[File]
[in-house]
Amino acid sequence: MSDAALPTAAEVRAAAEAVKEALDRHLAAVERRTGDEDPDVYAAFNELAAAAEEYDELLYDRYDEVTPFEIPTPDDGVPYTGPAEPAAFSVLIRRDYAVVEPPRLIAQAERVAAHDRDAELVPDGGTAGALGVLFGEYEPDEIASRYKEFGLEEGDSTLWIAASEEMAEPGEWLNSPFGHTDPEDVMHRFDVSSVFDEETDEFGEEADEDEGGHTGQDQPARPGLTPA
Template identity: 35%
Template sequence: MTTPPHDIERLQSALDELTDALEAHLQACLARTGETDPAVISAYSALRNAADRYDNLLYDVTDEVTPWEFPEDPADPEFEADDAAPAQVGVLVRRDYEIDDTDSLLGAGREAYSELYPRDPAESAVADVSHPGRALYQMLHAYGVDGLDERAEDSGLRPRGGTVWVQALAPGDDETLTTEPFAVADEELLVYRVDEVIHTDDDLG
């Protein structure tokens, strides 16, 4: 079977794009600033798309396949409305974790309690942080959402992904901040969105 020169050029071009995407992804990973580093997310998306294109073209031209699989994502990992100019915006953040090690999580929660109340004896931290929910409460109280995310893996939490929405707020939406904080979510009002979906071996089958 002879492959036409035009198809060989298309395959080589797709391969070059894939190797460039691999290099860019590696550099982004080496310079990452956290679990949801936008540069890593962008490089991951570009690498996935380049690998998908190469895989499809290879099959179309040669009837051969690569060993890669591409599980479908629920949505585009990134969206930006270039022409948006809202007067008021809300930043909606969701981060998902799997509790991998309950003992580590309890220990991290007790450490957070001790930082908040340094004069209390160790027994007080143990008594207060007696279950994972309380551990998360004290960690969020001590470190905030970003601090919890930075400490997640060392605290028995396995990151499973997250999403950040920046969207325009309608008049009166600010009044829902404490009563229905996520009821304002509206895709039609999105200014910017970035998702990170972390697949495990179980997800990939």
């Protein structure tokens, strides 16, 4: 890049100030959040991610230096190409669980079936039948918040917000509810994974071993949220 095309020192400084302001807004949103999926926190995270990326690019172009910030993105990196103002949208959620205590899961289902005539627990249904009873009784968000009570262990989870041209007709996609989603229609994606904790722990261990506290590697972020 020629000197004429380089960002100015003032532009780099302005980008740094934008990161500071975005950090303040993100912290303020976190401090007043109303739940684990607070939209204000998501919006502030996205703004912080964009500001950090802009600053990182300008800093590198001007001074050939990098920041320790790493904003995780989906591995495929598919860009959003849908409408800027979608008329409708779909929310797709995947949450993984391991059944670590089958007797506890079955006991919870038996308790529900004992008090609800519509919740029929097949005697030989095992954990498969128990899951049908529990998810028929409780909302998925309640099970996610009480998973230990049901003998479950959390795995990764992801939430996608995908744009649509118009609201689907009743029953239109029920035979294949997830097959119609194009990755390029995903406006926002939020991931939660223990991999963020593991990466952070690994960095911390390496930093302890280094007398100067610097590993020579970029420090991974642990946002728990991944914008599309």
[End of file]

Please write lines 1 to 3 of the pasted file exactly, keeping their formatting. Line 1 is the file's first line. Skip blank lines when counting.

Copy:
[in-house]
Amino acid sequence: MSDAALPTAAEVRAAAEAVKEALDRHLAAVERRTGDEDPDVYAAFNELAAAAEEYDELLYDRYDEVTPFEIPTPDDGVPYTGPAEPAAFSVLIRRDYAVVEPPRLIAQAERVAAHDRDAELVPDGGTAGALGVLFGEYEPDEIASRYKEFGLEEGDSTLWIAASEEMAEPGEWLNSPFGHTDPEDVMHRFDVSSVFDEETDEFGEEADEDEGGHTGQDQPARPGLTPA
Template identity: 35%